Vertical coordinate systems

When working in 3D, the vertical coordinate of layers is important. For example, most GIS data are using gravity related heights where the z value is based on the sea level. ArcGIS assumes that if no vertical coordinate system is defined the z values are in gravity-related heights. 3D tiles layers have a fixed ellipsoidal vertical coordinate system. Any layer with a gravity-related vertical coordinate system needs to be reprojected. If no vertical coordinate system is defined the layer will not align properly with the 3D tiles layer.

Combine 3D layers with other layers in a scene

One of key advantages in ArcGIS is the ability to bring a variety of data together and build a representation of a city, for example. The layer can be 3D with absolute height or 2D and draped on the ground.

Land use draped on 3D tiles layer.
Land use draped on 3D tiles layer.

You can visualize layers with different spatial references in ArcGIS Pro since the layers will be projected on the fly to the spatial reference of the scene. However, other ArcGIS applications like the Scene Viewer require all layers in a scene to have the same spatial reference.

You have following options when working with many 3D layers in a scene:

Conclusion:

3D tiles layers can only be combined with layers in WGS 1984. The vertical coordinate system will be projected to EGM 96 when visualized in ArcGIS Maps SDK apps or Scene Viewer.
If you want to work with 3D tiles layers you will have to use ArcGIS Pro to project all layers into your desired projection or you will have to make sure you are working only with WGS 1984.

Analyze 3D layers

Besides bringing different geospatial information together you might also want to explore them by using measure or exploratory tools like viewshed or elevation profile. This type of exploratory tools are all available for both scene layers (i3s) and 3D tiles layers:

Measure height of a building in Scene Viewer. The absolute height value is in gravity related height. Source: Bluesky International Ltd – processed with ArcGIS Reality by Esri.
Measure height of a building in Scene Viewer. The absolute height value is in gravity related height. Source: Bluesky International Ltd – processed with ArcGIS Reality by Esri.
Use the elevation profile tool on a 3D tiles layer. Source: Bluesky International Ltd – processed with ArcGIS Reality by Esri.
Use the elevation profile tool on a 3D tiles layer. Source: Bluesky International Ltd – processed with ArcGIS Reality by Esri.

Conclusion

You can apply exploratory tools to scene layers (i3s) as well as 3D tiles layers. In addition, when working with scene layers you can use appropriate geoprocessing tools in ArcGIS Pro. For example, project, clip or extract multipatch from mesh.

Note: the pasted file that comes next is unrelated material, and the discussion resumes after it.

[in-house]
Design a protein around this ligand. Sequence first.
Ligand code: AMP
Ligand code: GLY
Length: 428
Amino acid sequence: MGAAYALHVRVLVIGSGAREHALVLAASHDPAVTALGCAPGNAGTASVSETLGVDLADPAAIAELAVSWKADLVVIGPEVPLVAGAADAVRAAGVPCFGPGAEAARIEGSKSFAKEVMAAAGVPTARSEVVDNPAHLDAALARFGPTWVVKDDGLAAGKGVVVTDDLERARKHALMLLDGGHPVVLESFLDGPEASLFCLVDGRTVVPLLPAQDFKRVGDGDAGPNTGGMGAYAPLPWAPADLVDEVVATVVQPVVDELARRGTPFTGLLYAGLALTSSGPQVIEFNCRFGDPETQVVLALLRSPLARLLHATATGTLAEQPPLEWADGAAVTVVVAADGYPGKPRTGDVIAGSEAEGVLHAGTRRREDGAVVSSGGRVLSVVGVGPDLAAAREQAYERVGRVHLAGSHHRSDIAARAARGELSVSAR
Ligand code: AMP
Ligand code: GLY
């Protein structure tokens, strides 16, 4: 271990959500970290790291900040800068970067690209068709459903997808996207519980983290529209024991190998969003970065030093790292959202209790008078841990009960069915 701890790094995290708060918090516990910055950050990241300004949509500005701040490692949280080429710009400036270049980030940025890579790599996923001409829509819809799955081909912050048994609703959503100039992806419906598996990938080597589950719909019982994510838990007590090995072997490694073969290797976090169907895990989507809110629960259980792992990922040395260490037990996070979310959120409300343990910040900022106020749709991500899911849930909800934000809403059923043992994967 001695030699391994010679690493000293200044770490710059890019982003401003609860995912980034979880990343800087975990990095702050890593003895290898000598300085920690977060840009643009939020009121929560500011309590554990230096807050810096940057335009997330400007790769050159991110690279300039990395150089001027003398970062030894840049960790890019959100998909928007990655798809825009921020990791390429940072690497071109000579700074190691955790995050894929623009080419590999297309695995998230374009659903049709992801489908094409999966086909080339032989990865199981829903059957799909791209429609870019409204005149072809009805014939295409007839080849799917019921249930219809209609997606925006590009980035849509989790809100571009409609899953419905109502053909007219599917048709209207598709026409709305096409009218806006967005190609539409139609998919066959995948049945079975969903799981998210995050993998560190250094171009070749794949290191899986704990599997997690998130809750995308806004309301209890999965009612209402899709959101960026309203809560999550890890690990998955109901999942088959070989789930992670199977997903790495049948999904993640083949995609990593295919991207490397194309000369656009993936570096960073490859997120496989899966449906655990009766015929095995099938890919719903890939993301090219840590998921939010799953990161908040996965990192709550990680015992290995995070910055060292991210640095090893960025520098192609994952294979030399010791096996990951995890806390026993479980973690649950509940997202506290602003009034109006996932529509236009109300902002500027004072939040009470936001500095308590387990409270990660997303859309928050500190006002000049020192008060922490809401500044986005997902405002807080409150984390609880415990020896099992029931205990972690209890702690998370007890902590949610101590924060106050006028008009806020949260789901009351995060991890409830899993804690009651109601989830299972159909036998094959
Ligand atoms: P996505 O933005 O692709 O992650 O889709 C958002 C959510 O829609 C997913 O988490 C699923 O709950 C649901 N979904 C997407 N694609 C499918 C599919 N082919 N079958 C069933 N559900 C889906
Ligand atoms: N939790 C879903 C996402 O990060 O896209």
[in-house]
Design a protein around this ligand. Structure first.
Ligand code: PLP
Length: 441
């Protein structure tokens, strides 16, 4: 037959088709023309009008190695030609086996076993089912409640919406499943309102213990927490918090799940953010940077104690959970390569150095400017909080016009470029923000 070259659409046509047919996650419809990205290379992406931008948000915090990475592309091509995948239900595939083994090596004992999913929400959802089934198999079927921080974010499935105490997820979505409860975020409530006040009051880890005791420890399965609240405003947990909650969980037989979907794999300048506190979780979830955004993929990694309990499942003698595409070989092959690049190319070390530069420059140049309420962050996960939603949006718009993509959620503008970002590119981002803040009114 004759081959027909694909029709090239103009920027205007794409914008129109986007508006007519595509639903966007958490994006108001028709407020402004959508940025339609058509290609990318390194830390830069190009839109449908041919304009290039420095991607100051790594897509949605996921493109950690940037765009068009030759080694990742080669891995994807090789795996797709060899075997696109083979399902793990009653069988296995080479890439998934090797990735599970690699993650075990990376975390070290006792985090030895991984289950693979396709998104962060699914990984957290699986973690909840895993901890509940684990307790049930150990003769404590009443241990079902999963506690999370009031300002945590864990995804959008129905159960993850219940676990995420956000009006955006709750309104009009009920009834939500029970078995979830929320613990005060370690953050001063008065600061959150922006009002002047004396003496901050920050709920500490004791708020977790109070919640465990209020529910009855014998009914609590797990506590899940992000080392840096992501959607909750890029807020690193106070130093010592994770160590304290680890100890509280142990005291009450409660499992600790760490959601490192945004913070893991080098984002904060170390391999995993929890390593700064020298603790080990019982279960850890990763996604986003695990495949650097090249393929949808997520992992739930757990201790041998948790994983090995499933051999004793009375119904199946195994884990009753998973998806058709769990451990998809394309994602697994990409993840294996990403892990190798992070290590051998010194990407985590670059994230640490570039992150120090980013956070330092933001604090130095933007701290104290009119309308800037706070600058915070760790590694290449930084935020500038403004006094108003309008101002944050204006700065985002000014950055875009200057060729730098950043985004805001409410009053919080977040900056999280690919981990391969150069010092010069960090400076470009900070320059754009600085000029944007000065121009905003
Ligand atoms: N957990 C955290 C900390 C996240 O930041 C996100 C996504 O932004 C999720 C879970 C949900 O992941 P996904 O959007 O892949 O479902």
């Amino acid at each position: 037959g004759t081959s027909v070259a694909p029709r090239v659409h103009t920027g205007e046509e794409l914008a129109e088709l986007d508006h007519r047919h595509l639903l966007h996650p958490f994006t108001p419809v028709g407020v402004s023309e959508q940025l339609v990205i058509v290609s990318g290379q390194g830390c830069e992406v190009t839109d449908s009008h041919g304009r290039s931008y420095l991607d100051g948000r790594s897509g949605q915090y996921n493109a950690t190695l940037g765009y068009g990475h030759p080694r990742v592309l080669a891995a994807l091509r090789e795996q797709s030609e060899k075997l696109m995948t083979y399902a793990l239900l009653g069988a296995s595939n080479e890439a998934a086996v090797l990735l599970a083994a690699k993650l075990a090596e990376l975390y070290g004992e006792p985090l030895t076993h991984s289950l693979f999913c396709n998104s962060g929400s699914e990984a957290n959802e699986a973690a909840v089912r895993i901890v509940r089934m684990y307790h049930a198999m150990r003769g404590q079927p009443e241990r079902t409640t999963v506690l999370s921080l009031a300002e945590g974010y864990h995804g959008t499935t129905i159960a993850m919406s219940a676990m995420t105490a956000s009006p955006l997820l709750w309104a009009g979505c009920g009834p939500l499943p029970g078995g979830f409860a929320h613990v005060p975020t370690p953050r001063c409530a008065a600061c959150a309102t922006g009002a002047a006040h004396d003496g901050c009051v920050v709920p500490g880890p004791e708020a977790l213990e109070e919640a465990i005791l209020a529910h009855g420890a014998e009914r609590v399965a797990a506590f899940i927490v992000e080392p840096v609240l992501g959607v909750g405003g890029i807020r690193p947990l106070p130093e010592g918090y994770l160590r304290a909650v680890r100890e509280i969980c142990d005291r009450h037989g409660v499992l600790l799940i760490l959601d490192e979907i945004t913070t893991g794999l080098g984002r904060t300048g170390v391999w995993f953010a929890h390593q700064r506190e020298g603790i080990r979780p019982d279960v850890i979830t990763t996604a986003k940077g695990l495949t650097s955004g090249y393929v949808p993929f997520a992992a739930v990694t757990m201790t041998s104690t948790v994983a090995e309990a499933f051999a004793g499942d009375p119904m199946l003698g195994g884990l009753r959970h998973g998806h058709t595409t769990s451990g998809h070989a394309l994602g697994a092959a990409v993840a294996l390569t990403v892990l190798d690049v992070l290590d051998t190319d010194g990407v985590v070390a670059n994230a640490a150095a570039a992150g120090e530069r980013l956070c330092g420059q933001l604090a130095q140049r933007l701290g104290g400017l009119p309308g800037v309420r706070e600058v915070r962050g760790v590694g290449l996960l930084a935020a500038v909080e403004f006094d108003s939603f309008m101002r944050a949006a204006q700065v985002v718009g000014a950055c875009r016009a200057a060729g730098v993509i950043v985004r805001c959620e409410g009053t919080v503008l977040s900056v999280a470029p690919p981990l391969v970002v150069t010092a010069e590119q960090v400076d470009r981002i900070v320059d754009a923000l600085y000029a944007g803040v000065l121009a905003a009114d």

Data management

Data changes over time and you need to be able to capture these changes in your 3D system of record. Since the geometries and attribute storage for 3D layers are very different you have following options to update and maintain your 3D layers.

3D Tiles

You can represent integrated mesh or 3D object type of data. To update a 3D tiles item on ArcGIS online for example, you will have to create a new layer.

Scene layer (i3s)

When working with voxel, integrated mesh, point cloud, 3D object, point, or building scene layer you can replace the web layer. Any web scene with the layer will show the new data. In case you work with feature based scene layers like 3D object, point and building scene layer authored as scene layer with associated feature layer you can make edits and update the scene layer with the changes to the feature.

Summery

The decision to use 3D tiles or scene layers (i3s) should be based on the layer type you need to represent, the spatial reference required, and the layers you need to combine in your scene. ArcGIS enables you to host both OGC standards in ArcGIS online and work with them in ArcGIS Pro and Scene Viewer.

About the author

Ivonne Seler

Ivonne is 3D program manager and product owner of the scene layers team. Ivonne started her career at ESRI as product engineer in the mapping team. She joined ESRI’s 3D effort to follow her passion for visualization especially in 3D. What drives Ivonne is to see teams and individuals collaborate to bring new capabilities to ArcGIS users.